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Bulgarians are a South Slavic[1][2][3] people from southeast Europe. There are around 7.3 million Bulgarian nationals.[4] The Bulgarians speak the Bulgarian language and most of them live in Bulgaria. There is also a large diaspora of Bulgarians in Germany, Ukraine, Spain, UK and USA.

Culture[change | change source]

Language[change | change source]

The Bulgarian language is a South Slavic language that is very similar to the Macedonian language. It is spoken by around 9 million people.[5][6] There are some notable differences in the Bulgarian language that set it apart from other Slavic languages. For example, Bulgarian lost almost all of the noun cases. The language also developed a definite article.

The Bulgarian language is written with the Cyrillic script. The Cyrillic script was developed in the First Bulgarian Empire,[7] and is now used in 12 other languages.

Religion[change | change source]

Bulgarian Orthodoxy has been the prominent religion in Bulgaria since 870 AD. There are also a small amount of Bulgarians who converted to Islam during Ottoman rule.[8]

Bulgarian folk dancers in a national costume.

References[change | change source]

  1. Slavs
  2. Minahan, James (2000). One Europe, Many Nations: A Historical Dictionary of European National Groups. Greenwood Publishing Group. ISBN 978-0-313-30984-7. Retrieved 2011-11-13.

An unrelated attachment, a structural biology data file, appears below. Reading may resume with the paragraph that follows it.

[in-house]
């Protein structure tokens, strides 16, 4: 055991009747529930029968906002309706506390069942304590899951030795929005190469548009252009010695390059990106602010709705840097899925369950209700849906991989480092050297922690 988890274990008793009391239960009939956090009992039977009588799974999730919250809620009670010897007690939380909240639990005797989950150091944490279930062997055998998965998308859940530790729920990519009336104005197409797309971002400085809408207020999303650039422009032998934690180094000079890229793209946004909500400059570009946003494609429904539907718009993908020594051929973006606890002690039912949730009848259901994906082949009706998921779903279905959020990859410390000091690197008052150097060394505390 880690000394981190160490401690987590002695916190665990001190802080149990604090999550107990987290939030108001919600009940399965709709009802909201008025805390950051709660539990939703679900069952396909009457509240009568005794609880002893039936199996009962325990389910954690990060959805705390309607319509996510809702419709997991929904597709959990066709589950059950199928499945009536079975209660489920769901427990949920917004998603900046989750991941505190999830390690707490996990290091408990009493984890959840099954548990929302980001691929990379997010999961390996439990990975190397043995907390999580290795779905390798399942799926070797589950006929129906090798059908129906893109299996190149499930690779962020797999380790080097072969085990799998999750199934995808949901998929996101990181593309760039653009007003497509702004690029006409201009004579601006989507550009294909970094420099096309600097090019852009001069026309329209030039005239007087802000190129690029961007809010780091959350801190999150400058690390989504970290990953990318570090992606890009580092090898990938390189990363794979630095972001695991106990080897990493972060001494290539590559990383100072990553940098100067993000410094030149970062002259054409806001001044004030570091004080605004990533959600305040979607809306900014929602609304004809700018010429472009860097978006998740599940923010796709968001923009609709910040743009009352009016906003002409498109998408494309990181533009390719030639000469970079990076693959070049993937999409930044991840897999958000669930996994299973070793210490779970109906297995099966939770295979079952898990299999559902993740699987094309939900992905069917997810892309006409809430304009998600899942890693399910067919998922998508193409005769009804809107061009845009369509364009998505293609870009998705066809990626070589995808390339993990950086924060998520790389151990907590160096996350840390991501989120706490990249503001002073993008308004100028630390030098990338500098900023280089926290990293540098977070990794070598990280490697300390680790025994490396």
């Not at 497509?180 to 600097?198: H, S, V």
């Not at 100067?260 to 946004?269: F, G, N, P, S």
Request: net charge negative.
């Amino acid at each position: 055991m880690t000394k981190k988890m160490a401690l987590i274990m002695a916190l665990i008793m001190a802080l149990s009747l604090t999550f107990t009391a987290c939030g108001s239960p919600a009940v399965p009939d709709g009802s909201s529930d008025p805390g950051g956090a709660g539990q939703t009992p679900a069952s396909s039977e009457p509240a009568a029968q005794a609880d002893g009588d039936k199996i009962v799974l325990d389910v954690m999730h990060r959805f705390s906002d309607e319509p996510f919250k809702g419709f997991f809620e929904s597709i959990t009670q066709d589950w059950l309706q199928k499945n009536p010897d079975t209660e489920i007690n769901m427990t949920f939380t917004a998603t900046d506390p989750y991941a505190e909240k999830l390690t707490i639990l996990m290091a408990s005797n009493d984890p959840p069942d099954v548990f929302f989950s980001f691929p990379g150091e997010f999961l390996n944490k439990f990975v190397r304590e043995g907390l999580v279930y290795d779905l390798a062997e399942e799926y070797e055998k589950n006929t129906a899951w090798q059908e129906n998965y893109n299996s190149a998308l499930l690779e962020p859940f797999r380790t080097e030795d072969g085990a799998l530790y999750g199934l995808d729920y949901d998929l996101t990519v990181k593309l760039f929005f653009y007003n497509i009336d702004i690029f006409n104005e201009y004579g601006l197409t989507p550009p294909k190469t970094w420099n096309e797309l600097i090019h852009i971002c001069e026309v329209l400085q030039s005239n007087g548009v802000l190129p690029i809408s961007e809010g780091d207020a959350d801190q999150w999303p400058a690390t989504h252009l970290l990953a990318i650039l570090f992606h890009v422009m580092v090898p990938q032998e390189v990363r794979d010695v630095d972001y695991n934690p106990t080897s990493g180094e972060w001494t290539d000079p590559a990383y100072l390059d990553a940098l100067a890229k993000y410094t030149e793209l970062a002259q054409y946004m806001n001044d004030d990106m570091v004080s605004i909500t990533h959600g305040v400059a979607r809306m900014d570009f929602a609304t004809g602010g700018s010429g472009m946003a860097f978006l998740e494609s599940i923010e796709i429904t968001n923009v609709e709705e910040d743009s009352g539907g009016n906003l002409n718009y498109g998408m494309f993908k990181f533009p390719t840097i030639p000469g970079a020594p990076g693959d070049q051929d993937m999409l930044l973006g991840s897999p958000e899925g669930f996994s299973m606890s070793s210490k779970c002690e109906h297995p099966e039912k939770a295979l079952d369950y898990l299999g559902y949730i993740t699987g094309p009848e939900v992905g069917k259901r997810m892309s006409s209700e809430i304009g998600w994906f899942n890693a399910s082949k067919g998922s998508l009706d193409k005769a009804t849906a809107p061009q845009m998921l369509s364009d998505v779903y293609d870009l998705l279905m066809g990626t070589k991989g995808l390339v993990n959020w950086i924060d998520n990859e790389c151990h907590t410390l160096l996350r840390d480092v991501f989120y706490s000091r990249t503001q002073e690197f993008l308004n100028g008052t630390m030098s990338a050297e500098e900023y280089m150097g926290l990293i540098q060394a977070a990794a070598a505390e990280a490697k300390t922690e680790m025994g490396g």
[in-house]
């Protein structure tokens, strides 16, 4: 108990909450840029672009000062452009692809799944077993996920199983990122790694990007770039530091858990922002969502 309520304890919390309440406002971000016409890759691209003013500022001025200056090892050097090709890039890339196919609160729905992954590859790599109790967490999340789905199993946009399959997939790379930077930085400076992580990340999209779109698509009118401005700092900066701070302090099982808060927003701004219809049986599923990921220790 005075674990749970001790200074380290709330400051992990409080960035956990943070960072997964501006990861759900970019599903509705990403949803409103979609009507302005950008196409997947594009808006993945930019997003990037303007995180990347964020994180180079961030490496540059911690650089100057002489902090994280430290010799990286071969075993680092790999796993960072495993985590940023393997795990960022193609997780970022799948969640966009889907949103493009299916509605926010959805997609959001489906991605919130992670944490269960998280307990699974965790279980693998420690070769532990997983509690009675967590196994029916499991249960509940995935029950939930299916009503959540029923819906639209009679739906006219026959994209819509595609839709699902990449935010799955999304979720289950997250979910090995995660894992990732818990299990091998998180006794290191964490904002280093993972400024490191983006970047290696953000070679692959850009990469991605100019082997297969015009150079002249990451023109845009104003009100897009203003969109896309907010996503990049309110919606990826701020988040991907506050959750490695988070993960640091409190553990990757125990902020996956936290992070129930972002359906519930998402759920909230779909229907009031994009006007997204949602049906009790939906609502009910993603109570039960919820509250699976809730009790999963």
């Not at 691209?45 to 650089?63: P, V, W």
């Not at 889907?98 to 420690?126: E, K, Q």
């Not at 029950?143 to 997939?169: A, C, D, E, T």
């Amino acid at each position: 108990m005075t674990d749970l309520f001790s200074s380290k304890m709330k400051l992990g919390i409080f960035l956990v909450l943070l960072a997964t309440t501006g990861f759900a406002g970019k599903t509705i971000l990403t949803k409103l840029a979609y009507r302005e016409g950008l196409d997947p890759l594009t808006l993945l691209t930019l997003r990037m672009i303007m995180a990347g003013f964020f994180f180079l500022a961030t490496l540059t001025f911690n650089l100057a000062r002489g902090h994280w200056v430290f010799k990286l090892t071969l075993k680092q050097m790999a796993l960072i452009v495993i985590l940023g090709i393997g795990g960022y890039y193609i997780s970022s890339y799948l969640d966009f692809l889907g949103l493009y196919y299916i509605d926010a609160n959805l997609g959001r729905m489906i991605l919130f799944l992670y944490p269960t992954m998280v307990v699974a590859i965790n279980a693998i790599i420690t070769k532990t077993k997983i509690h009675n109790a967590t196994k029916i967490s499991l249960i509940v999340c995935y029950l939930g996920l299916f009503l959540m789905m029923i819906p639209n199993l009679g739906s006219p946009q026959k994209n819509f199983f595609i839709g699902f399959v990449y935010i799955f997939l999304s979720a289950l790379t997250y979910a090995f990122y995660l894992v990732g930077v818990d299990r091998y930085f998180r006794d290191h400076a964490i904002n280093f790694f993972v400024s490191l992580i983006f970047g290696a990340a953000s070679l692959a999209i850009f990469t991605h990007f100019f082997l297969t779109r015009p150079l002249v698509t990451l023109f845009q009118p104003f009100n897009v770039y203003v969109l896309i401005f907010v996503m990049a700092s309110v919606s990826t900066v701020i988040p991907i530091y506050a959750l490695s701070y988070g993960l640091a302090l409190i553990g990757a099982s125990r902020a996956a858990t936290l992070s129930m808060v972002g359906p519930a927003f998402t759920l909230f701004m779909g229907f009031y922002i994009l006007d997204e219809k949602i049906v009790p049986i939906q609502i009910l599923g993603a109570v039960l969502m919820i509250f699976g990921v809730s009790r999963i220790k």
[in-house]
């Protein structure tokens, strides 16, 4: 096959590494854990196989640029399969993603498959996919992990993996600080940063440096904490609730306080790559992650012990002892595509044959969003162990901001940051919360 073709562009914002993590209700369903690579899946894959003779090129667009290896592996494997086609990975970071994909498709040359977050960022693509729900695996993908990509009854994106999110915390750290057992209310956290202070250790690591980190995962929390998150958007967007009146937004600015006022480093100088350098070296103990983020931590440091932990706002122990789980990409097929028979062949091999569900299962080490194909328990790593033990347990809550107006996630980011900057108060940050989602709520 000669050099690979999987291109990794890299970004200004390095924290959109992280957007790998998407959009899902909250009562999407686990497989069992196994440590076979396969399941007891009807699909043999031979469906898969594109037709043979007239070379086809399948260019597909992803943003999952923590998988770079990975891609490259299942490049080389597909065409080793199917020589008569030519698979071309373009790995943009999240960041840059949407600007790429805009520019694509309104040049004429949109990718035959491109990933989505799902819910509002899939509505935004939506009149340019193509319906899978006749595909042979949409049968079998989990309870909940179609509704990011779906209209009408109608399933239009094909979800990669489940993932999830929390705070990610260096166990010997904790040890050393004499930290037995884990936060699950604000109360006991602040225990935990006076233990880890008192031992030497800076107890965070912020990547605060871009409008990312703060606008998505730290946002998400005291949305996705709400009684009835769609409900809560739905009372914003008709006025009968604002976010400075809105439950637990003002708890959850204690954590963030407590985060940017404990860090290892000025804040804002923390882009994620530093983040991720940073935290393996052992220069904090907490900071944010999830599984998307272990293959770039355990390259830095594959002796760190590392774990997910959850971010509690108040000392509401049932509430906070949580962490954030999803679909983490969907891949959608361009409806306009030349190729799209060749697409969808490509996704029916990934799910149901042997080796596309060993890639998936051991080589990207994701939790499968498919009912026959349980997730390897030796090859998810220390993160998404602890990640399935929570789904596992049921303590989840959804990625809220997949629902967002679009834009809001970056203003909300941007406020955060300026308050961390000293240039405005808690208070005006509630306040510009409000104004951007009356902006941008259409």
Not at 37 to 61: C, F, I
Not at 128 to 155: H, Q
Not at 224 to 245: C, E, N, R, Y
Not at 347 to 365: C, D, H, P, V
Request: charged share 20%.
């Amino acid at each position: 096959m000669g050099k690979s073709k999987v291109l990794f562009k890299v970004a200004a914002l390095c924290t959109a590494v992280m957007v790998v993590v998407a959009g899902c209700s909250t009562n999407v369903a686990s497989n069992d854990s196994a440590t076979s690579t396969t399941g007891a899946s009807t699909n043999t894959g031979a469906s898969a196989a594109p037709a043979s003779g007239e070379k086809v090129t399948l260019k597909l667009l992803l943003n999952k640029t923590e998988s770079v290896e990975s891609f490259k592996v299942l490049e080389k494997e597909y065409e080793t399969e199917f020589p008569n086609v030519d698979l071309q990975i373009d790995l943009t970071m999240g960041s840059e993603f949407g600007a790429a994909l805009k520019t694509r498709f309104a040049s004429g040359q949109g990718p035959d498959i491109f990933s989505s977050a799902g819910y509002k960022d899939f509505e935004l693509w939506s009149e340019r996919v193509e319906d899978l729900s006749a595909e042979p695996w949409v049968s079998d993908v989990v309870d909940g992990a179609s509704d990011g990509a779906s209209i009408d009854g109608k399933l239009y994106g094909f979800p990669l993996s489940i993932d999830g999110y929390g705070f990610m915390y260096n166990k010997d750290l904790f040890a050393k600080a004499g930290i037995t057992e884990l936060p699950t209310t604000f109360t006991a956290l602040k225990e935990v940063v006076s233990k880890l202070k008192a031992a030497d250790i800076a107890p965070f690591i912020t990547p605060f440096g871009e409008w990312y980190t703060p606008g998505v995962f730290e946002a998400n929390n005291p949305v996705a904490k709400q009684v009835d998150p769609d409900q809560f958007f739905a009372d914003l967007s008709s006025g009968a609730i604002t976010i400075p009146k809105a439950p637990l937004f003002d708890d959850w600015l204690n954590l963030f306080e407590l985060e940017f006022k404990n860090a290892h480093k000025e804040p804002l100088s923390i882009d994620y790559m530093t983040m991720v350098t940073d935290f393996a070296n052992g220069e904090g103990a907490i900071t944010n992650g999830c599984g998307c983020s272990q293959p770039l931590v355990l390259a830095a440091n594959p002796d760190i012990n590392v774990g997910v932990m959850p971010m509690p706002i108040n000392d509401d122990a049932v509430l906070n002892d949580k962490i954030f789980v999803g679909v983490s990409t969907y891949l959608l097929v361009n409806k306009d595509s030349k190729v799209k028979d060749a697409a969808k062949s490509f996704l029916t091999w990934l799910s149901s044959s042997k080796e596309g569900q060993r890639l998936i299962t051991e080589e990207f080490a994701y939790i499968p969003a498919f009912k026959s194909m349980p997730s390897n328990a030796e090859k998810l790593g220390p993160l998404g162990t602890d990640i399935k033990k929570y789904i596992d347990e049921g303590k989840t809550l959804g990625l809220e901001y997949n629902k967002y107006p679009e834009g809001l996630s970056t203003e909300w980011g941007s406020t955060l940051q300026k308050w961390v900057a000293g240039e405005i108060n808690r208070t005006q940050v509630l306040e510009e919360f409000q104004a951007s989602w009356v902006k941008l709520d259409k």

3. Cultural Proximity of the Slavic Nations
  4. Danver, Steven L. (2015). Native Peoples of the World: An Encylopedia of Groups, Cultures and Contemporary Issues: An Encylopedia of Groups, Cultures and Contemporary Issues. Routledge. p. 271. ISBN 978-1-317-46400-6.
  5. "Bulgarian language". The Columbia Encyclopedia, 6th ed. Columbia University Press.
  6. Rehm, Georg; Uszkoreit, Hans. "The Bulgarian Language in the European Information Society". Springer Science+Business Media.
  7. Daniels, Peter T. (1996). The World's Writing Systems. Oxford University Press on Demand. ISBN 0-19-507993-0.
  8. "Social Construction of Identities: Pomaks in Bulgaria, Ali Eminov, JEMIE 6 (2007) 2 © 2007 by European Centre for Minority Issues" (PDF). Retrieved 2015-02-11.